The Hut on the Garden Plot - Informal Architecture in Twentieth-Century Berlin

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Urban, Florian (2013)

In Berlin, self-built huts and sheds were a part of the urban fabric for much of the twentieth century. They started to proliferate after the First World War and were particularly common after the Second World War, when many Berliners had lost their homes in the bombings. These unplanned buildings were, ironically, connected to one of the icons of German orderliness: the allotment. Often depicted as gnome-adorned strongholds of petty bourgeois virtues, garden plots were also the site of mostly unauthorized architecture and gave rise to debates about public health and civic order. \ud \ud This paper argues that the evolution and subsequent eradication of informal architecture was an inherent factor in the formation of the modern, functionally separated city. Modern Berlin evolved from a struggle between formal and informal, regulation and unruliness, modernization and pre-modern lifestyles. In this context, the ambivalent figure of the allotment dweller, who was simultaneously construed as a dutiful holder of rooted-to-the-soil values and as a potential threat to the well-ordered urban environment, evidences the ambiguity of many conceptual foundations on which the modern city was built.
  • References (131)
    131 references, page 1 of 14

    Schäche (Berlin: Jovis, 2004), 114; see also Harri Gräser, “ 'Grüne Slums' sollen neuem Stadtteil weichen,” Tagesspiegel, 24 June 1962; Senator für Bau- und Wohnungswesen, MV Plandokumentation, 20.

    10. Before 1920 Wilhelmsruh was part of the Rosenthal municipality, which was then divided. The eastern portion became a part of the Pankow district (East Berlin after 1945). The western portion around the street named Wilhelmsruher Damm became part of the Reinickendorf district (West Berlin after 1945). In the documents from the 1950s, this area is referred to as Wilhelmsruh or Wittenau-Ost; currently it forms the subdistrict of Märkisches Viertel.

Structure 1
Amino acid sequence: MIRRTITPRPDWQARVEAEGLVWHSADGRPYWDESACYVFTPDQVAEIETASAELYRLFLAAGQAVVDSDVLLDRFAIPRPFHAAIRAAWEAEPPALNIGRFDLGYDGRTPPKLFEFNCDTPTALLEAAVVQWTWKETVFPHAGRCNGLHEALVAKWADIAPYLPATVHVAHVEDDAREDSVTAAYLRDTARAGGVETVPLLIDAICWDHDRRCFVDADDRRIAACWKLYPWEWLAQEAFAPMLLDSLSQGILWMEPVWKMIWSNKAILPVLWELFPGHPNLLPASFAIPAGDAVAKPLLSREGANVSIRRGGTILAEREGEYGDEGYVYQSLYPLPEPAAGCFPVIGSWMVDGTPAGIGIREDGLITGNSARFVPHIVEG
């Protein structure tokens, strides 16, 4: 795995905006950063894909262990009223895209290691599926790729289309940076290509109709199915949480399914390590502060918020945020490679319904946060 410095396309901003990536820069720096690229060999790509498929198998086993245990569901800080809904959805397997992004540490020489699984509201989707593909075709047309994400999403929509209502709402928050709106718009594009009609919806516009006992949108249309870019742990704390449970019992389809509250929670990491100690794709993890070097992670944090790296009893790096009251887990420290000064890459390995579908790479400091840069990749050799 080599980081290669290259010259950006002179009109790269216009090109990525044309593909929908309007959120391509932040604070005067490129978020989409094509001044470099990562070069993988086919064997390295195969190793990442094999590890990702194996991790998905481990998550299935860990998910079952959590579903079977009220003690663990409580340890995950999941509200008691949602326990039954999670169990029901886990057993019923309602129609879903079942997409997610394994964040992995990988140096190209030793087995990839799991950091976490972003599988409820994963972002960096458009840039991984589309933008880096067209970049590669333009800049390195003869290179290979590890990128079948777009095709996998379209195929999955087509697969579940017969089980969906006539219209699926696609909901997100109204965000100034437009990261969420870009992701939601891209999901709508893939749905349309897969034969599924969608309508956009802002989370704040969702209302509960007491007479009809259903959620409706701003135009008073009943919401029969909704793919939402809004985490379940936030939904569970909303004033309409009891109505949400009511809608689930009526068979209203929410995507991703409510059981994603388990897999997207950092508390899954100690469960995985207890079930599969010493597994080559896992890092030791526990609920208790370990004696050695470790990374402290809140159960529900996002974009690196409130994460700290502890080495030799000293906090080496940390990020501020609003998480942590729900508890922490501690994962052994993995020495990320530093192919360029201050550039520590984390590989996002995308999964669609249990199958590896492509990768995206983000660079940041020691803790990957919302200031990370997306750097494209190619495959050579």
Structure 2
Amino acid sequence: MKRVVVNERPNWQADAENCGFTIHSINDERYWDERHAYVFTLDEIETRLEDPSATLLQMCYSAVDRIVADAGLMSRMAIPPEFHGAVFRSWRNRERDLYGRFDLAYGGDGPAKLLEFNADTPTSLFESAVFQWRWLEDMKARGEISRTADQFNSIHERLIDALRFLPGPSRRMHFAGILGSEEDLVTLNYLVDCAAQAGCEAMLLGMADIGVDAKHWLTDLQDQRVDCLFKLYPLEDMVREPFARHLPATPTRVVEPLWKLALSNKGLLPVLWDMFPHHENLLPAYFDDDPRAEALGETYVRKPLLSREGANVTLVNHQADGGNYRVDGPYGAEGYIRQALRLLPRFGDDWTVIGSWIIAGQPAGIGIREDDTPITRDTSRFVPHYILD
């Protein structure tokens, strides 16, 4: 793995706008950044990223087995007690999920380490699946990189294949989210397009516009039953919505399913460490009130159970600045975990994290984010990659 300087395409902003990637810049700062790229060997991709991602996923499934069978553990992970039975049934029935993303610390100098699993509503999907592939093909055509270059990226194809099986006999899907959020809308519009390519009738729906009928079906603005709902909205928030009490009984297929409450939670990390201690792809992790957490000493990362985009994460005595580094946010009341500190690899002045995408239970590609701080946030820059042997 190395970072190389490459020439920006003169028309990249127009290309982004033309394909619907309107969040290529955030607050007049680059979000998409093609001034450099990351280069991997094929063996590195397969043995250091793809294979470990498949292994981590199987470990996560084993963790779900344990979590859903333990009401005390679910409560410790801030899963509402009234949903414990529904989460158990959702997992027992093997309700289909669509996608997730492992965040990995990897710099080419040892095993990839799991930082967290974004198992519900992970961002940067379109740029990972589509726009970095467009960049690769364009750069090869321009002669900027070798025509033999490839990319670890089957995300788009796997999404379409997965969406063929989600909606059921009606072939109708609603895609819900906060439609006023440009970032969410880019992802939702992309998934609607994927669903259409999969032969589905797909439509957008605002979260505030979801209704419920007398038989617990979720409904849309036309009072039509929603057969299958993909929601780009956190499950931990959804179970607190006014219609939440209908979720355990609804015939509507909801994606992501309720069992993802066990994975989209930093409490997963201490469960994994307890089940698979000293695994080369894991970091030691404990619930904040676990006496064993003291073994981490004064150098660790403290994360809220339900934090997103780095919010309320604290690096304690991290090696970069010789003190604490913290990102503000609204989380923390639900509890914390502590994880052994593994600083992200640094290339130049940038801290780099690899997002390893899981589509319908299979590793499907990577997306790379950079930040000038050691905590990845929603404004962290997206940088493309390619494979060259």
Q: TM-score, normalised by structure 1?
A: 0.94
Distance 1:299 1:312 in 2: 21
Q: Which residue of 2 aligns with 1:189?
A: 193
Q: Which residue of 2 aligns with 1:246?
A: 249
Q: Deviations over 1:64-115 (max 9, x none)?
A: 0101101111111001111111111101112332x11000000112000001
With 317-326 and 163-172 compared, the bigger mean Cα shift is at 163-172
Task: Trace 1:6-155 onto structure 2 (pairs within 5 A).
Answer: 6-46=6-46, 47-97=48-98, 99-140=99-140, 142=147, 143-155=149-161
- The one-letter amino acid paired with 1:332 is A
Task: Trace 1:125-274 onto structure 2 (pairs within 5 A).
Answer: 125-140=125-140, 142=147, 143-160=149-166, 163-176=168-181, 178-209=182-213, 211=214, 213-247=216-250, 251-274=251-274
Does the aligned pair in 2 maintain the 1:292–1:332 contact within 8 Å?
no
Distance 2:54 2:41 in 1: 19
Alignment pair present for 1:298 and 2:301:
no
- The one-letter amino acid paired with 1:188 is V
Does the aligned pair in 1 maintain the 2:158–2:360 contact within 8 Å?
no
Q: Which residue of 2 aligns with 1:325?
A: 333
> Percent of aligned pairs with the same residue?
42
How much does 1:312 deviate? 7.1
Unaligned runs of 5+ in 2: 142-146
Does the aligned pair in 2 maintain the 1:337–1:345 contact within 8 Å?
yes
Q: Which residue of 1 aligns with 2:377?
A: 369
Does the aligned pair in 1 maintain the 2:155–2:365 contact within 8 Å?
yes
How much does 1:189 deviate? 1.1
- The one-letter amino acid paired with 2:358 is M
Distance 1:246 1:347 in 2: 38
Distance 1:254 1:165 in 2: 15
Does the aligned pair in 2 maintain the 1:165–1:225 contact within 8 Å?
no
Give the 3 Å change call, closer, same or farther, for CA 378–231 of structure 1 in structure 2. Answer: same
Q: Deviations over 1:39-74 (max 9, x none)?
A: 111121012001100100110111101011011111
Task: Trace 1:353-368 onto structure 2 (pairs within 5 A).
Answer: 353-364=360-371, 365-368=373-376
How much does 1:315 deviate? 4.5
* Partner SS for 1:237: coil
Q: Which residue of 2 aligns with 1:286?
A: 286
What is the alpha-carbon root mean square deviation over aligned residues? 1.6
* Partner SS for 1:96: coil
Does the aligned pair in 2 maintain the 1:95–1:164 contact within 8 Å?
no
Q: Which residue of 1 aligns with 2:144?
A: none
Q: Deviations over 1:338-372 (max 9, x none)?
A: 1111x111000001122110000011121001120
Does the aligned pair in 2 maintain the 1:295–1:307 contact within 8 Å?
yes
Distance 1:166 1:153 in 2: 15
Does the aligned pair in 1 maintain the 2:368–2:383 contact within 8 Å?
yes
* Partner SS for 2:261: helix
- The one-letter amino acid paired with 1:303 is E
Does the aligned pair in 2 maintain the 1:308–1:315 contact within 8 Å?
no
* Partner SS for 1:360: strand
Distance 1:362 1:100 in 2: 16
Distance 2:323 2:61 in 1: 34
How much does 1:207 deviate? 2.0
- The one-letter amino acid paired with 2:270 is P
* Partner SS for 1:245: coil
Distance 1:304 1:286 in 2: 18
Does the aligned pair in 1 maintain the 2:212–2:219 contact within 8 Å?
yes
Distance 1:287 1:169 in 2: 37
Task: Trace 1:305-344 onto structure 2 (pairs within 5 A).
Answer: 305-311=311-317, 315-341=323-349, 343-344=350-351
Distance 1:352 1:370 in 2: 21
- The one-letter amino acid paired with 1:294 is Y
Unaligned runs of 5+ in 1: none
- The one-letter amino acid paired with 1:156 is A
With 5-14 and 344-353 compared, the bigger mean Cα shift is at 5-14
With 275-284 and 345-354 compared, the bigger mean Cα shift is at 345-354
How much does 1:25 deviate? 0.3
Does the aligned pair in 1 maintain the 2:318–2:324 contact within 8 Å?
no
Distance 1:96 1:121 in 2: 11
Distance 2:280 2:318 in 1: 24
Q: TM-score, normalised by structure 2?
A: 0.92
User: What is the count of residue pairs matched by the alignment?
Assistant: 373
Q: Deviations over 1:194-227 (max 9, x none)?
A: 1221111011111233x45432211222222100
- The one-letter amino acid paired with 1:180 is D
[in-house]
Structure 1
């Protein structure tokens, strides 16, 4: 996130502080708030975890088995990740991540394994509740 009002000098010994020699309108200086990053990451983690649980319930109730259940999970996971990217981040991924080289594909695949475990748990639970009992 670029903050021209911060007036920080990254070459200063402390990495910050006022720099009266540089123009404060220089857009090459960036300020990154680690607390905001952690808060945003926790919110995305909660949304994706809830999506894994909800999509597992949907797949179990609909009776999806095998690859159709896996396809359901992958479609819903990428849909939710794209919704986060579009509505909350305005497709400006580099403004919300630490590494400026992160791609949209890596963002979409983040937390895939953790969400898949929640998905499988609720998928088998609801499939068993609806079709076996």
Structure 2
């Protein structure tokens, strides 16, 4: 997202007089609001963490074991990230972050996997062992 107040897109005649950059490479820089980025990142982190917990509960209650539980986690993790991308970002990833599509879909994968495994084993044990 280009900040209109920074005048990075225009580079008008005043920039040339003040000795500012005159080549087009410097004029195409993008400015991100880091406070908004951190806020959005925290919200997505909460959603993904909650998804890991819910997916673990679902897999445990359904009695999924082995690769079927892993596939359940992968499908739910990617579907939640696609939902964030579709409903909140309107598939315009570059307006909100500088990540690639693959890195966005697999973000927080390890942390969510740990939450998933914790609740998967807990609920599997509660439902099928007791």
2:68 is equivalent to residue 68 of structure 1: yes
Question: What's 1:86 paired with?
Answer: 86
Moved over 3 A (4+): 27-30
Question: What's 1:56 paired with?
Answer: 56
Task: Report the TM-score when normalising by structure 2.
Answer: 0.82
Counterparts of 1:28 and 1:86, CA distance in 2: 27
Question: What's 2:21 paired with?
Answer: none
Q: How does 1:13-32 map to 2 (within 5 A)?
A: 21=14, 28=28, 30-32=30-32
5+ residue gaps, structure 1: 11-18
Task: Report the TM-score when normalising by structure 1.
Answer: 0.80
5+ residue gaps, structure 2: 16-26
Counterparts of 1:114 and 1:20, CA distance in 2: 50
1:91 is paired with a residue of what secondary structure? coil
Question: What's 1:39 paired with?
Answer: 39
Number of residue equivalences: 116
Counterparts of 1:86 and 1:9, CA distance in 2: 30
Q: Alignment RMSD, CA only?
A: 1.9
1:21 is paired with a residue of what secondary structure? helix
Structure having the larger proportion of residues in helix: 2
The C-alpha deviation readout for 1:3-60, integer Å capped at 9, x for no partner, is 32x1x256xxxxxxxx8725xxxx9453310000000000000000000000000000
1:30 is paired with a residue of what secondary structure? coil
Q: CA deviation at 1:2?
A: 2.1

11. Senator für Bau- und Wohnungswesen, MV Plandokumentation, 14.

    12. Memories of Alfred Zitz, longtime president of the Siedlergemeinschaft Neue Zeit in 1956, in Bernd Hildebrandt and Klaus Schlickeiser, Abschied von der Laube (West Berlin: Gertrud Großkopf, 1990), 46.

    13. For example, to resident Wilhelm Münch, who had lived in his allotment shed on Wentowsteig 29 since 1925. Ibid., 56.

    14. Ibid., 70.

    15. The numbers are from 1956; quoted in Hildebrandt and Schlickeiser, Abschied von der Laube, 185.

    16. The estimate of 8,000 is from 1956. Senator für Bau- und Wohnungswesen, MV Plandokumentation, 14. A contemporaneous description mentions that of the 365-hectare area, only 73 hectares were officially divided into parcels. Gräser, “ 'Grüne Slums' sollen neuem Stadtteil weichen.” 17. Letter of Städtische Baupolizei-Polizeipräsident von Berlin, 1 Apr. 1919, Landesarchiv Berlin A Pr. Br. Rep 057 Nr. 724, p. 28.

    18. Sometimes both materials were combined. Ursula Reinhold, born in 1938, describes her childhood and youth in an allotment shed with wooden walls. After years, her father gave in to her mother's complaints and reinforced the wood with an additional layer of brick for better insulation. Ursula Reinhold, Gemütlichkeit: Erinnerung an Kindheit und Jugend im zerstörten Berlin (Berlin: Trafo, 2003), 10-24.

    19. Senator für Bau- und Wohnungswesen, MV Plandokumentation, 28; and Schlickeiser, Abschied von der Laube, 142-43.

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